Gotlander, Gottlander, n.
/got"leuhnd/; Swed. /gawt"lund, gawl"lund/, n.
an island in the Baltic, forming a province of Sweden. 55,346; 1212 sq. mi. (3140 sq. km). Cap.: Visby.
Also, Gottland.

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Island (pop., 2002 est.: 57,458) and county, southeastern Sweden.

Located in the Baltic Sea, it covers 1,212 sq mi (3,140 sq km). A trading centre since the Bronze Age, Gotland became part of Sweden in the 9th century. By the 12th century Gotland's traders dominated the routes between Russia and western Europe. German merchants, who settled in the major town and current county capital, Visby, brought Gotland into the Hanseatic League. It was at the height of its prosperity when it was taken by the Danish in 1361. It was finally returned to Sweden in 1645 and was fortified in the late 19th century. The island's economy centres on agriculture, fishing, and tourism.

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      island, län (county), and coextensive landskap (province), Sweden, in the Baltic Sea. Several wide bays indent the island's low coastline, which is characterized by limestone columns, while the interior is an undulating plateau of Silurian limestone, some of which lacks good drainage. Bogs are found in areas having a clay cover; conifers occur particularly on the steep cliffs of the west. Visby is the administrative centre.

      As early as the Bronze Age, Gotland's inhabitants traded extensively with peoples on the southern and eastern shores of the Baltic. Later they were in contact with Rome and with the Islamic and Byzantine empires. By the 12th century AD Gotland's traders, representing an essentially independent peasant society on the island, had their trading house at Novgorod, Russia, and dominated the routes between Russia and western Europe. This activity attracted German merchants, who settled in the major town, Visby, and brought it into the Hanseatic League. Until the mid-14th century most of the Novgorod trade passed through the island, creating a prosperity undisturbed by the strong antagonism that grew between the German citizens of Visby and the indigenous Scandinavian peasantry.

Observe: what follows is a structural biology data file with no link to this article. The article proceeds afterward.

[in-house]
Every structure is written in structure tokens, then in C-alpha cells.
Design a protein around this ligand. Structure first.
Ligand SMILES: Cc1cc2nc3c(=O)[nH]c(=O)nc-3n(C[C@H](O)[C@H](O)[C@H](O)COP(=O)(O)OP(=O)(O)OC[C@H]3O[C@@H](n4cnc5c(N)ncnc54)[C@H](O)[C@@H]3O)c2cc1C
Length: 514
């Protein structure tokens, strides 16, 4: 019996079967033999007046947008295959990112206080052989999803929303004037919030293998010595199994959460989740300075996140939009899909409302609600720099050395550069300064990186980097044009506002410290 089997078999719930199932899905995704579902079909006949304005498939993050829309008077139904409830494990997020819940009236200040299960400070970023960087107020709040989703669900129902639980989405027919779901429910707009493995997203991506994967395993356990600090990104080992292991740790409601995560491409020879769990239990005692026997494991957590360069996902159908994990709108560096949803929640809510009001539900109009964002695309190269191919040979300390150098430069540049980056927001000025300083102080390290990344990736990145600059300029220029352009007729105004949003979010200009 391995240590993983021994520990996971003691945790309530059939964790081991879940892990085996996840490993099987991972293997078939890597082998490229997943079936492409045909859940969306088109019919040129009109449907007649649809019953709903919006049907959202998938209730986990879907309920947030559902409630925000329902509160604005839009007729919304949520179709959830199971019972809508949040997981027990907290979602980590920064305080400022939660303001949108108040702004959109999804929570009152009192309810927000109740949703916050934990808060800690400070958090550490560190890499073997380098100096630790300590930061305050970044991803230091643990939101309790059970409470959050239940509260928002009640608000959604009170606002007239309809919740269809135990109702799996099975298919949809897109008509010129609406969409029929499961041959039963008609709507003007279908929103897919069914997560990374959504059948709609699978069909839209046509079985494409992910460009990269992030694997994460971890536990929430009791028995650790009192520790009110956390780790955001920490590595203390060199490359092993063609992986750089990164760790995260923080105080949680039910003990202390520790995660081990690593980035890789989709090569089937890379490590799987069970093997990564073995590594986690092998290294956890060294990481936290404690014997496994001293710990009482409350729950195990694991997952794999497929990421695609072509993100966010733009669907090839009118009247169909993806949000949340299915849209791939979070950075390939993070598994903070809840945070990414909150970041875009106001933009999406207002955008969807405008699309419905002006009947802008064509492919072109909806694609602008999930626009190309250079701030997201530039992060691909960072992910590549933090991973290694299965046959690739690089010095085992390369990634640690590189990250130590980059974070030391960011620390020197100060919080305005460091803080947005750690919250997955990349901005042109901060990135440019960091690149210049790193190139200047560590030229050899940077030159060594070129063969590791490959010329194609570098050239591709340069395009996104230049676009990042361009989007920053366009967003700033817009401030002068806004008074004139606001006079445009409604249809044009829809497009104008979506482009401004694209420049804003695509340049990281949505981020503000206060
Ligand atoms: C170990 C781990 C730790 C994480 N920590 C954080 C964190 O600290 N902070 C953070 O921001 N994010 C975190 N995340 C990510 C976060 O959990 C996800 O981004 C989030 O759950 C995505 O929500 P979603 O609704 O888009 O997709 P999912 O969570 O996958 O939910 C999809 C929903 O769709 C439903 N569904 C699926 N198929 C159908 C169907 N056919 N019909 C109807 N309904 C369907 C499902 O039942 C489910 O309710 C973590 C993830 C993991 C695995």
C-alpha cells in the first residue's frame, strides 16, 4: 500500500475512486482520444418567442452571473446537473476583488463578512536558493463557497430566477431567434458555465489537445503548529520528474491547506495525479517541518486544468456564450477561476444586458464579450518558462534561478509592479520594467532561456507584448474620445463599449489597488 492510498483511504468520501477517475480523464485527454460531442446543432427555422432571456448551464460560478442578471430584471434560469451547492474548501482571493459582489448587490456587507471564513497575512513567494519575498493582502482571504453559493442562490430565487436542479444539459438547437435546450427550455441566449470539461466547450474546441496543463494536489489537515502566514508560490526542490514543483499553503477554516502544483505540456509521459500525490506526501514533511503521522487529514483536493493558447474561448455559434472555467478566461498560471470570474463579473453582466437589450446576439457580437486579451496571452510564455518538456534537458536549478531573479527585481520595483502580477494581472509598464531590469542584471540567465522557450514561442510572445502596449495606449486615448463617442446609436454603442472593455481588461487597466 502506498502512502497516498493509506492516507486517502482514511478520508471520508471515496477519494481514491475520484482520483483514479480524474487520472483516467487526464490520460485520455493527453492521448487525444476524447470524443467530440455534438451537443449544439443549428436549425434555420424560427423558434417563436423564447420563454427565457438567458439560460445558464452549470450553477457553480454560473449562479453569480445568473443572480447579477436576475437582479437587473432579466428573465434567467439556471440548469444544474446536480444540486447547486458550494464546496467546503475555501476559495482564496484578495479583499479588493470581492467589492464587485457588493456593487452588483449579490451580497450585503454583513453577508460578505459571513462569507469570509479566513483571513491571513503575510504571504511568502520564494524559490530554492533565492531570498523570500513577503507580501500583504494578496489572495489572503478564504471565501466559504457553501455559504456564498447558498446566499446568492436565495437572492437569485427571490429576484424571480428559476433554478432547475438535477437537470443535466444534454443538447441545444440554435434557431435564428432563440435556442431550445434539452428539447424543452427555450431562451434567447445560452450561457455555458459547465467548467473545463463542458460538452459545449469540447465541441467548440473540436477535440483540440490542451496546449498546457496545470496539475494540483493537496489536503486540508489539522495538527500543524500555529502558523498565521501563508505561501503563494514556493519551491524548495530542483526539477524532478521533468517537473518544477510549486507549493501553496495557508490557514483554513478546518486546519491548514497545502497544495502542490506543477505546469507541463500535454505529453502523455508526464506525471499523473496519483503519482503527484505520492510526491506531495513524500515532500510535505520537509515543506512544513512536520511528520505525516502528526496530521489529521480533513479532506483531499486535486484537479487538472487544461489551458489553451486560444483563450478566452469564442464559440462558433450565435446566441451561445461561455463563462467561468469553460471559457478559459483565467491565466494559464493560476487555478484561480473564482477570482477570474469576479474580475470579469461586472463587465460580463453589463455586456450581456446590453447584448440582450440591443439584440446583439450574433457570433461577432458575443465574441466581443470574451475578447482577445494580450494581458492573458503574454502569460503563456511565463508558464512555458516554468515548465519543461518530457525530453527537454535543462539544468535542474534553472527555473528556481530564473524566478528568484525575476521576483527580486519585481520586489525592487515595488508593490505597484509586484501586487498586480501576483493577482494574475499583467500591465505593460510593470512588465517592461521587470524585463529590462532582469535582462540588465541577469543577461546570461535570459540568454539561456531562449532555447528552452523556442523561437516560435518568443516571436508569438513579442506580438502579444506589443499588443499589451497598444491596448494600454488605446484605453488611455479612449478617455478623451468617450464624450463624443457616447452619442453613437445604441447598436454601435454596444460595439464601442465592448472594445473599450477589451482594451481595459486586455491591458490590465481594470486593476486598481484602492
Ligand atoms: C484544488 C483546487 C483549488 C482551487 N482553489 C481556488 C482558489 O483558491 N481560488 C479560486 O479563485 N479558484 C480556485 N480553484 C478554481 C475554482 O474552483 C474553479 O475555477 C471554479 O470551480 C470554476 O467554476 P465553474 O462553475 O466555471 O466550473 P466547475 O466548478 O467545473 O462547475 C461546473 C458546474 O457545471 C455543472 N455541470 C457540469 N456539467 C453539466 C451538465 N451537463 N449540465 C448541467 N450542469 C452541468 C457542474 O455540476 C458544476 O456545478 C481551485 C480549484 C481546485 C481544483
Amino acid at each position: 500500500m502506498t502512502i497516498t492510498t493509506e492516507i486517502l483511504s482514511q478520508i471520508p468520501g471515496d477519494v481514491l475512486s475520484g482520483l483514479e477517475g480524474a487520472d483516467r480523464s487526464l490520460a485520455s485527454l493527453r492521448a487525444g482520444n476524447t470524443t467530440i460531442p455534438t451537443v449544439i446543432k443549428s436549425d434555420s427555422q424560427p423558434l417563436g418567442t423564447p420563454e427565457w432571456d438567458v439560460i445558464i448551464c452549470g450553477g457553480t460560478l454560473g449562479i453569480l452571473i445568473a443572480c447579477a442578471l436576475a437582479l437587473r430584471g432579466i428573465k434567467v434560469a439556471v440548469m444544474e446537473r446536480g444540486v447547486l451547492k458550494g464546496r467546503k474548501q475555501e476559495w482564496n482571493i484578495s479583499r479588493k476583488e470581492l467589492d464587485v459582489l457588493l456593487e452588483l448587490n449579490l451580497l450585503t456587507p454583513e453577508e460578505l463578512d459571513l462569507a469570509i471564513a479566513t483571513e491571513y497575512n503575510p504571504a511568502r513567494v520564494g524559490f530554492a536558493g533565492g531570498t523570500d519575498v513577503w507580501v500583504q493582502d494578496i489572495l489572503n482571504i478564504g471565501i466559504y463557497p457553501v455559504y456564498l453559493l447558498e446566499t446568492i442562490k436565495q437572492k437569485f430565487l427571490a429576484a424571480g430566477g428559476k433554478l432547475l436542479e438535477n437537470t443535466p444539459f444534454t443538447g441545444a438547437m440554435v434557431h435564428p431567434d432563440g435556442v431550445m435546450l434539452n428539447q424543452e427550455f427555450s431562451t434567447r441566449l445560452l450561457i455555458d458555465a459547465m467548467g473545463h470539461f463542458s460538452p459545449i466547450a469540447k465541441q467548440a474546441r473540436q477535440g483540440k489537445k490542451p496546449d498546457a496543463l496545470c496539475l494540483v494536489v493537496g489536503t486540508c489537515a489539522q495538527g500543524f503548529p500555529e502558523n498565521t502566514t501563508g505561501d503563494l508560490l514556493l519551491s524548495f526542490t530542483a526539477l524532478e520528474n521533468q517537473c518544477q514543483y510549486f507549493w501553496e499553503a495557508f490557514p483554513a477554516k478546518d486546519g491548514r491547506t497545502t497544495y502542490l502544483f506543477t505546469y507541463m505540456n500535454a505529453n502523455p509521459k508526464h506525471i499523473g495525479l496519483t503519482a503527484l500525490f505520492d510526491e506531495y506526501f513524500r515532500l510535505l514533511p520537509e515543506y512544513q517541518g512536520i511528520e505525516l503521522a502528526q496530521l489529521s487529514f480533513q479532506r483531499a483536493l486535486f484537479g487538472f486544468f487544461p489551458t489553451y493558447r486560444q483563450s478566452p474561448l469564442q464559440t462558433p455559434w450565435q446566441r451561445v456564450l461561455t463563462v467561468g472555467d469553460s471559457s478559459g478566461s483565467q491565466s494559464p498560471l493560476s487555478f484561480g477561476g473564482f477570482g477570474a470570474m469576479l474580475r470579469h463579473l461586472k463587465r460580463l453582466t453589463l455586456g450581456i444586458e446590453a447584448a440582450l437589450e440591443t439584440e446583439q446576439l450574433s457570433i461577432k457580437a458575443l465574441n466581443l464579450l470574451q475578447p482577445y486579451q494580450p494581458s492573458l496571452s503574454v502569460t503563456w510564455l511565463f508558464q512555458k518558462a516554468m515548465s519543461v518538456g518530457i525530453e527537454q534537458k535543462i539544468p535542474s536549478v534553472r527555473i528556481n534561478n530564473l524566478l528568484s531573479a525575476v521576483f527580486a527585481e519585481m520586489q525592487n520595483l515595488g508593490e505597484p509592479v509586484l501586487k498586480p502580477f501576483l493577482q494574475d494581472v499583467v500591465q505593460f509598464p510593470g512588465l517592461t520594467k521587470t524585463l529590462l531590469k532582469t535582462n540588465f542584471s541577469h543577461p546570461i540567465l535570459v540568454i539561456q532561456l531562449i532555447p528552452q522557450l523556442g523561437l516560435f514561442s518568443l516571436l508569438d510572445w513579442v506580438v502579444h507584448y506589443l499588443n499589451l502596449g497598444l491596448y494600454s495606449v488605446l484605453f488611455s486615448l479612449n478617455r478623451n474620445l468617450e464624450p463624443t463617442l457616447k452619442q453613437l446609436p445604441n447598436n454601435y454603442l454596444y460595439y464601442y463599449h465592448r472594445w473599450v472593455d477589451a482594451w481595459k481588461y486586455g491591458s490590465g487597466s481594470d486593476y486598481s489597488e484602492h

Since about 900 Gotland had been a part of Sweden, paying an annual tax for protection but otherwise remaining an independent peasant community with its own language and culture. In 1361, however, the Danish king Valdemar IV Atterdag, tempted by the riches of the island, conquered it in a famous battle outside the walls of Visby. Thereafter the trade routes shifted and Gotland declined. For the next three centuries it was variously controlled by Denmark, Hanseatic and other privateers, and Teutonic Knights. When it was awarded again to Sweden, in 1645, it was impoverished, but under Swedish rule conditions improved. Toward the end of the 19th century it was fortified strongly because of its strategic importance.

      Primary production on the island is based on agriculture (grains and sugar beets, diversified market gardening, and flower cultivation), as well as on stone quarrying and fishing. There is a large cement factory and some other industry. Tourism is significant. Sheep grazing is important on Fårö, a sandy island to the north. Area 1,229 square miles (3,184 square km). Pop. (2005 est.) 57,661.

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Universalium. 2010.

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